Sunday, October 30, 2011

Further Tales of the CPAN

It’s been a CPAN weekend.

Now, several months ago, I talked about uploading my first module to CPAN.  I basically said then that I had no idea why it had taken me so long to finally get off my ass and upload something.

Well, now I know.  Because as soon as you start uploading crap to CPAN, people expect you to actually support it.  And, man ... that takes time.

It’s not that big a deal, really.  You don’t have to support your modules, of course, but I think I explained in some detail the whole “pride of ownership” thing, right?  And people judging you by your CPAN modules?  So you do end up feeling a sense of responsibility for making things work if other people are trying to use your code and having problems.  Plus you’d hate for your fellow Perlites to come along and think you were a slackass who never responded to bug reports.

So I try to keep up, and I try to make things work well.  Besides my first solo module, I’ve also been named comaintainer of another module that I’ve contributed heavily to, plus I agreed to take over yet another module that had a bug in it and its author had gotten out of the Perl game.  I’m still working on the first official release of that last one; I’ll probably have to spend part of what little remains of my weekend working on it, in fact.  There’s some weird problem in one of the test files, which I changed from the original because I found a bug in there, which I found when I tried to fix the original bug ... I’m dealing with three modules here, and I’m already starting to feel a bit overwhelmed!  How do people with a buttload of modules handle it?  Crazy, man ...

Actually, a big part of what I’ve been working on this weekend is repository surgery.  If you’re not a technogeek like me (and assuming you’ve bothered to read this far (which I don’t know why you would (but then I don’t know why you’d bother to read at all (reminder: see name of blog)))), perhaps you don’t know what I mean when I say “repository.”  It’s where you put your source code, for your software, when you want to keep track of all the history of it.  Now, as it turns out, some code that I originally wrote a long time ago, and have taken with me to various jobs, is actually being used by somebody other than me.  Not via CPAN, because I’m too much of a lameass to have put it up there, of course, but by a former co-worker who got it from me directly.  And recently (okay, like 3 weeks ago) he emailed me to ask me if he (or I) could put it up on CPAN now.  And, since I’m a bit less of a lameass now, I thought that was a pretty good idea.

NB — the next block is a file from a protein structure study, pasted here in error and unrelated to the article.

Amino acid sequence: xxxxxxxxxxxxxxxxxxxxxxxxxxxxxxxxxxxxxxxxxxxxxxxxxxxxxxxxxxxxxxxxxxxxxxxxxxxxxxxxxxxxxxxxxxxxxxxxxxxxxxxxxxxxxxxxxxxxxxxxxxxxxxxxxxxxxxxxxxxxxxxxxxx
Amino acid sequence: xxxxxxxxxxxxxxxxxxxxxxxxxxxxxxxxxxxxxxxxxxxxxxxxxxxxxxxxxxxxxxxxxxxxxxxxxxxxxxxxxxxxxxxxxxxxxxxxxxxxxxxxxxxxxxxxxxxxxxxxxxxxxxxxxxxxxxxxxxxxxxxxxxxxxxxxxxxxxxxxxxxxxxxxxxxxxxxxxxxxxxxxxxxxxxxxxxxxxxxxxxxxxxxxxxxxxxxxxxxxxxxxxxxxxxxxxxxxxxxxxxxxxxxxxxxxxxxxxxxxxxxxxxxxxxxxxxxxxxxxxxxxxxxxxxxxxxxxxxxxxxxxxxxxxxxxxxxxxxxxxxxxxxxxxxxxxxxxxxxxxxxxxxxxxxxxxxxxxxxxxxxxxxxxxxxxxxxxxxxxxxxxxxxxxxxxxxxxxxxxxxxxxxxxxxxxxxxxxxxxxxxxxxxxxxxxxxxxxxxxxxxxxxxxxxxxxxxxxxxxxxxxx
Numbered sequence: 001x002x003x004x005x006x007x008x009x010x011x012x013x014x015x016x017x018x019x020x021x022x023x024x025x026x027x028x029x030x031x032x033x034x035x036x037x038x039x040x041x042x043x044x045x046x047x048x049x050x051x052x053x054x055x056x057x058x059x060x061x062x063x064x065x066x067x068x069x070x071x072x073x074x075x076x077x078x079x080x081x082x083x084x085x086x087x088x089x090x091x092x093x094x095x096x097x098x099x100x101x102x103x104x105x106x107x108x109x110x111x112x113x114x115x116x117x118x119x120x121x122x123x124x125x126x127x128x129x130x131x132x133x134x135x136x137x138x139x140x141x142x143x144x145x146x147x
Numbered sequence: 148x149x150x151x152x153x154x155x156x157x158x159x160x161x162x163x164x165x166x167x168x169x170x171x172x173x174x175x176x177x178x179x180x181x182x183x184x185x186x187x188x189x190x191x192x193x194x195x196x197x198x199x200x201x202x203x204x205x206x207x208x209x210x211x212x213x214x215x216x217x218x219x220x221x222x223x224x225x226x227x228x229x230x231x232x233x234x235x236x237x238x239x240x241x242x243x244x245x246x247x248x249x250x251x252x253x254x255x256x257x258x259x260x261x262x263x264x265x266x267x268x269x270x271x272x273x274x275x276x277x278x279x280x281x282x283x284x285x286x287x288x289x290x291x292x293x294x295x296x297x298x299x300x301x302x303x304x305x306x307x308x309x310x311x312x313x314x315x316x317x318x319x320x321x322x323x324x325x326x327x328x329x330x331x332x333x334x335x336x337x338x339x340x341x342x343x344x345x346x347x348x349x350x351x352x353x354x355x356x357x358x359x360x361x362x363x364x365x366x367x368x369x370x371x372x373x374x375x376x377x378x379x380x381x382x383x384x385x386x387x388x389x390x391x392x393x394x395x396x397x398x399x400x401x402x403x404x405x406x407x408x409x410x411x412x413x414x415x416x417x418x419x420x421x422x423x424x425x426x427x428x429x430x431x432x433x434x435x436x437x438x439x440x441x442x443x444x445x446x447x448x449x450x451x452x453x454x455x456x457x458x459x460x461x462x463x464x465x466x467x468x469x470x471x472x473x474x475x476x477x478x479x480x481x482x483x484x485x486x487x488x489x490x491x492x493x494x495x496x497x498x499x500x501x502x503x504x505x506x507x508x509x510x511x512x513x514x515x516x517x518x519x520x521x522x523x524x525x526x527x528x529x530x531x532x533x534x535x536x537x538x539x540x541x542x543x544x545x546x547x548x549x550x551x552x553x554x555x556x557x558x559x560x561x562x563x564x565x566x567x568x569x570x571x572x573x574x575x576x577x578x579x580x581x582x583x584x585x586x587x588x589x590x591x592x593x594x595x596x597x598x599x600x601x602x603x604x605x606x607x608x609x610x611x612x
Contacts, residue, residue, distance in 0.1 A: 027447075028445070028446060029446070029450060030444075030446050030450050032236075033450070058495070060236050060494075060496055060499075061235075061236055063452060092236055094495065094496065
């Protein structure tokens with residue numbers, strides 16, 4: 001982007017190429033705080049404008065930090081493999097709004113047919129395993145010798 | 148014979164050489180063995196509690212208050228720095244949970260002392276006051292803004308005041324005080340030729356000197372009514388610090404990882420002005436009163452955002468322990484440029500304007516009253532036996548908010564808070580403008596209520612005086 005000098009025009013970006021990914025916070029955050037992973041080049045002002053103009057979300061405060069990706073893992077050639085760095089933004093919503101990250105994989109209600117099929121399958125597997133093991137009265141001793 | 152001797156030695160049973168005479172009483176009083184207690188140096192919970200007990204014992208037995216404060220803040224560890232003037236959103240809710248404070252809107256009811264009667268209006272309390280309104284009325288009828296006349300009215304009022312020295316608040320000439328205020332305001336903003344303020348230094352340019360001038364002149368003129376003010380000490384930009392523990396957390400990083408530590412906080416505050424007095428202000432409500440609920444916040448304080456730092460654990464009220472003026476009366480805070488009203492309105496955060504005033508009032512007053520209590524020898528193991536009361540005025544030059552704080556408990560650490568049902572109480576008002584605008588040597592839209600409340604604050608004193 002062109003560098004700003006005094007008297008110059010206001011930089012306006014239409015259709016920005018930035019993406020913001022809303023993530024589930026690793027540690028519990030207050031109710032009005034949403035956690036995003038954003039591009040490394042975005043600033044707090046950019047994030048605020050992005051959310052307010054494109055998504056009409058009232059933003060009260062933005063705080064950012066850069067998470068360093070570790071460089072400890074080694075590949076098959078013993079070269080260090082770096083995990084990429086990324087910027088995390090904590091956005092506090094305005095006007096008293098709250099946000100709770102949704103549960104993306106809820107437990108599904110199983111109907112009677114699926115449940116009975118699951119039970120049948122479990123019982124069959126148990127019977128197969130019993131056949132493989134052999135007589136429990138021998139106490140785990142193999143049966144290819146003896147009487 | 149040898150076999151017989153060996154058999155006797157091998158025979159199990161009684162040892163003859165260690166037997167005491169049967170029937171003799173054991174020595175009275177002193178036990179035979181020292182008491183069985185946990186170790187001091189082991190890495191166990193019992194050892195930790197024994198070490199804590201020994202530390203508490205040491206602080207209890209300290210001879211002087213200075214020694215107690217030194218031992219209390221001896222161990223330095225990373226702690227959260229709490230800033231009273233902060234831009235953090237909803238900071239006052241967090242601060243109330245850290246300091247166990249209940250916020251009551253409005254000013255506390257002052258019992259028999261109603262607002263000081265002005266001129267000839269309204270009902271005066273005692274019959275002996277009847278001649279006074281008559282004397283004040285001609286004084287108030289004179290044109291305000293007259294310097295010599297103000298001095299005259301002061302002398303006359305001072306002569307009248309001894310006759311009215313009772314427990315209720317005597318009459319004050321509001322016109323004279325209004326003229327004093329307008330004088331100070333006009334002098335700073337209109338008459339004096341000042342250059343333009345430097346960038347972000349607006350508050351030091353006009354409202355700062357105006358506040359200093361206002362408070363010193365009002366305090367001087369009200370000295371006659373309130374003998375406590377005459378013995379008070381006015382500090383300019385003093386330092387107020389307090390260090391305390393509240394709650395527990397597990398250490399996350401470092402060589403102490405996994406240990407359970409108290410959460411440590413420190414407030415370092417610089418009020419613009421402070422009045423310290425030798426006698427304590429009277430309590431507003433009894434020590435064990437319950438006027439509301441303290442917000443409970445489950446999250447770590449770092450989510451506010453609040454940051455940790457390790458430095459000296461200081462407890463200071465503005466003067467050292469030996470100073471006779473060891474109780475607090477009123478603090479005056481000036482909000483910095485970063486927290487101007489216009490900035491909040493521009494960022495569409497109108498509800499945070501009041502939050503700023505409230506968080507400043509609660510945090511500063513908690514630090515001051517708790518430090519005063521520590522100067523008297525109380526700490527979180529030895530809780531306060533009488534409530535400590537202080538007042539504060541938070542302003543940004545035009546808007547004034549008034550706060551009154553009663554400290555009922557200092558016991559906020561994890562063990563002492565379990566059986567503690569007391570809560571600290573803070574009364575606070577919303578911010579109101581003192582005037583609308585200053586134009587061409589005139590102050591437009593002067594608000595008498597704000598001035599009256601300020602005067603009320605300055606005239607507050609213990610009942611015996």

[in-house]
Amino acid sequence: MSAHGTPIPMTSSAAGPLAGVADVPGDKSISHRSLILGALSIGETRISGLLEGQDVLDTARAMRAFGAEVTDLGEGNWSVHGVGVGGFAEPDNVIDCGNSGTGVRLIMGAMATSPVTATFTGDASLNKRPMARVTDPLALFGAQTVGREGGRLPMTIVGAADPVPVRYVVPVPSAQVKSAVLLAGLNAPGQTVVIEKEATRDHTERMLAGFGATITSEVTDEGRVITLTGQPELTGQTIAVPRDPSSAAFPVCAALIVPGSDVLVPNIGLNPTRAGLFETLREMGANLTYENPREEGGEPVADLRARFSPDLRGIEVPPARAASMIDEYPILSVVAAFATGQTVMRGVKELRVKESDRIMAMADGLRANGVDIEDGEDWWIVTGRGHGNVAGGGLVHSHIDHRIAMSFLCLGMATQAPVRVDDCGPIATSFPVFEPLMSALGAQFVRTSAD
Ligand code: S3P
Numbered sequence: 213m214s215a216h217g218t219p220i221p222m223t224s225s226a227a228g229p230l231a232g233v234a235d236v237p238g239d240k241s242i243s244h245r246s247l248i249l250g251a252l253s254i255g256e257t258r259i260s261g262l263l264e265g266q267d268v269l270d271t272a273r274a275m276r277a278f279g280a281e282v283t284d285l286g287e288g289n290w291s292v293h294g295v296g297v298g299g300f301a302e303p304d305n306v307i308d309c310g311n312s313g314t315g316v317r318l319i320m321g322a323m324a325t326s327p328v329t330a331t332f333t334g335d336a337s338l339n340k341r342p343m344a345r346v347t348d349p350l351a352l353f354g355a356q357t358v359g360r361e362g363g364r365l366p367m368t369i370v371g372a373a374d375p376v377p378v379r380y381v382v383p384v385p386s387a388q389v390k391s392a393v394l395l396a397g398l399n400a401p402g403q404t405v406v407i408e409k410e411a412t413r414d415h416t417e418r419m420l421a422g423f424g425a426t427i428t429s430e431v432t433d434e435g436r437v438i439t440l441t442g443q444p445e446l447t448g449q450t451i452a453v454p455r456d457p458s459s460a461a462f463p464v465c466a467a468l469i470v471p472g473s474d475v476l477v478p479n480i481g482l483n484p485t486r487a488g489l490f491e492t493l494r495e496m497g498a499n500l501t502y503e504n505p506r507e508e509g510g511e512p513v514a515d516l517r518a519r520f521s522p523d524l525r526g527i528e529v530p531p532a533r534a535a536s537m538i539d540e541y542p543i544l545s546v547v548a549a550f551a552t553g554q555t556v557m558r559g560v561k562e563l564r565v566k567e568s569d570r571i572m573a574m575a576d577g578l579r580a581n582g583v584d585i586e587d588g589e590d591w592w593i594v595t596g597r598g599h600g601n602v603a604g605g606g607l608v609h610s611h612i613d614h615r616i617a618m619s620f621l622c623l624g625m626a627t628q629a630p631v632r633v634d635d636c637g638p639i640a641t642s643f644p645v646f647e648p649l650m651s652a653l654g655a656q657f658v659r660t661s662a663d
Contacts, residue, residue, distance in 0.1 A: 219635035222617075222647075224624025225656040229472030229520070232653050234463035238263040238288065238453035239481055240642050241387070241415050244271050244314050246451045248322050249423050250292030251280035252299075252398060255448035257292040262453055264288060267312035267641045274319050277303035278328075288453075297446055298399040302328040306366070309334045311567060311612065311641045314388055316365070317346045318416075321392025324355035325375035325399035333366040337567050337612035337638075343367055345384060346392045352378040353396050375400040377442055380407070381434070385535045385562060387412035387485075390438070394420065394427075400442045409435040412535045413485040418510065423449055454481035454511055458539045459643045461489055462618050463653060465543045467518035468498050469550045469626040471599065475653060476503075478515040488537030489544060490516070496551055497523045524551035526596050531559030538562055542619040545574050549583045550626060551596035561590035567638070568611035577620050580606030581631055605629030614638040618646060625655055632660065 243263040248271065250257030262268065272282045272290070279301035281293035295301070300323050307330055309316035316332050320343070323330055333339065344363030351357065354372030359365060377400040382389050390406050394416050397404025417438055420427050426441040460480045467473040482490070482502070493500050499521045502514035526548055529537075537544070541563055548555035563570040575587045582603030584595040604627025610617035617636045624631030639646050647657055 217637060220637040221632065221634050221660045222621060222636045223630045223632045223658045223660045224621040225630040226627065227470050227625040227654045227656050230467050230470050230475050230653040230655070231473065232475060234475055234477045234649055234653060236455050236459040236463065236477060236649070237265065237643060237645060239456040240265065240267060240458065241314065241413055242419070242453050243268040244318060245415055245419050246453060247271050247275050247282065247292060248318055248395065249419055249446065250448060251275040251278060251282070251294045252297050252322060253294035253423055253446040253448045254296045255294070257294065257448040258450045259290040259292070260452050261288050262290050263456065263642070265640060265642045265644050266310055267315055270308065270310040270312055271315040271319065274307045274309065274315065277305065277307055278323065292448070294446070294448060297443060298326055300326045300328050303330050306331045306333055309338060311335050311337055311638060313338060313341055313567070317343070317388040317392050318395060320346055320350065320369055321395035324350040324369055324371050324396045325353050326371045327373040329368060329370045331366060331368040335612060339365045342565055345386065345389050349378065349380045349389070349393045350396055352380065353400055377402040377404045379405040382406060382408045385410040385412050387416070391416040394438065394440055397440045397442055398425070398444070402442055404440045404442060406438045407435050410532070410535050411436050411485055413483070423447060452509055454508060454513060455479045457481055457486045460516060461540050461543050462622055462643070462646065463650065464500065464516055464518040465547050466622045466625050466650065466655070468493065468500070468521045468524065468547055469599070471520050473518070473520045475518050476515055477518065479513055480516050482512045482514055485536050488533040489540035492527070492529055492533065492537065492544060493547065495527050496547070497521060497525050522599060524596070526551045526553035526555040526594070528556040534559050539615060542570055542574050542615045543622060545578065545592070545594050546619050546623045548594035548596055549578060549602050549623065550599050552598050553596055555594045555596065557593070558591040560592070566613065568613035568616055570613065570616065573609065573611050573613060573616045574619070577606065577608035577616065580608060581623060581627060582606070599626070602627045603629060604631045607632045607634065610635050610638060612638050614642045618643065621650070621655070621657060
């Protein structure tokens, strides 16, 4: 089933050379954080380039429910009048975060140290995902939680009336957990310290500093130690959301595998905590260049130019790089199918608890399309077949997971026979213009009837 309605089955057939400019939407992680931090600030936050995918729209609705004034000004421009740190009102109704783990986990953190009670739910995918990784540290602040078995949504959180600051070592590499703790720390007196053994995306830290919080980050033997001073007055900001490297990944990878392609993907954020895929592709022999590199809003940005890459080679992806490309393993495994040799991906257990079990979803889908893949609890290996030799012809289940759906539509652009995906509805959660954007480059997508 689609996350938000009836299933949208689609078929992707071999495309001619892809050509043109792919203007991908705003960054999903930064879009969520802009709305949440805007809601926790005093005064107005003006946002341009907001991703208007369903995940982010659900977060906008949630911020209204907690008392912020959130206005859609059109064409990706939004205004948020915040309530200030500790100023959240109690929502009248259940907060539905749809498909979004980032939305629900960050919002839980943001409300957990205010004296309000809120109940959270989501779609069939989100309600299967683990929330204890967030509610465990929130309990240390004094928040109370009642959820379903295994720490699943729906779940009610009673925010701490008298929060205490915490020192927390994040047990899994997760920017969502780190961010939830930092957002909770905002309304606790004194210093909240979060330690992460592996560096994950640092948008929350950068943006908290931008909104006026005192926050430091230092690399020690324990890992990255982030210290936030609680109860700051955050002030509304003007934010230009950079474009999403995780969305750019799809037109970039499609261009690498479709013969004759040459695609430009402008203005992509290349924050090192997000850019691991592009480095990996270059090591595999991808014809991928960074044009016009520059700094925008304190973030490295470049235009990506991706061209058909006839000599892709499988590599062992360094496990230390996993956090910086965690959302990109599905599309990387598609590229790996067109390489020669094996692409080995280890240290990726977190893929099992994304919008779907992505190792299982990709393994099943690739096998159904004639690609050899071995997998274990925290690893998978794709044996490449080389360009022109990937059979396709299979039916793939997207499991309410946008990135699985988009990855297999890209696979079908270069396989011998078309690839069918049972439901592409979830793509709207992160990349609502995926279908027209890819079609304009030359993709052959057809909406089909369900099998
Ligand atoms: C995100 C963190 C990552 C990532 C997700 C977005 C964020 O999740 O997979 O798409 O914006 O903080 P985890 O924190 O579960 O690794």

So step 1 is to get the thing into a repository.  And, while it’s not absolutely necessary, I really would prefer for that repository to have the complete history of all the code.  But the code in question is only part of a larger repository that’s in an older format (i.e. Subversion) instead of the newer format I use nowadays (i.e. git).  So I have to convert and trim it down and move it over, and it still won’t be fit for release onto CPAN until I at least clean up the test suite a bit.  But I made a good start on that this weekend.  It’s not done, but ... well, it’s a start.

I’ve also been considering starting another blog.  Something a little more focussed on Perl, that perhaps might be more interesting to my fellow Perl travelers.  Which, on the face of it, is ridiculous.  First there’s my opinion on blogs in general, which certainly hasn’t changed.  And then there’s the fact that I barely have enough time to write this blog every week, much less write another one.  But, hey: I’m not gettin’ any younger ovah heah.  I’ve been doing Perl for about 15 years, programming professionally for over 20 (roughly half my life, at this point), programming in toto for around 30.  It’s not that I have a burning desire to be famous or anything.  But there’s a certain freedom that comes with recognition in your field, and I think it might be nice for a change to comment on a post on the Internet or somesuch and have people know that you actually know what you’re talking about instead of having a knee-jerk reaction of “who is this guy again?”  I dunno, maybe it is all selfish self-aggrandizement, but it seems at least worthwhile, if not strictly necessary.

If nothing else, it’ll give you twice as many options for ignoring me.

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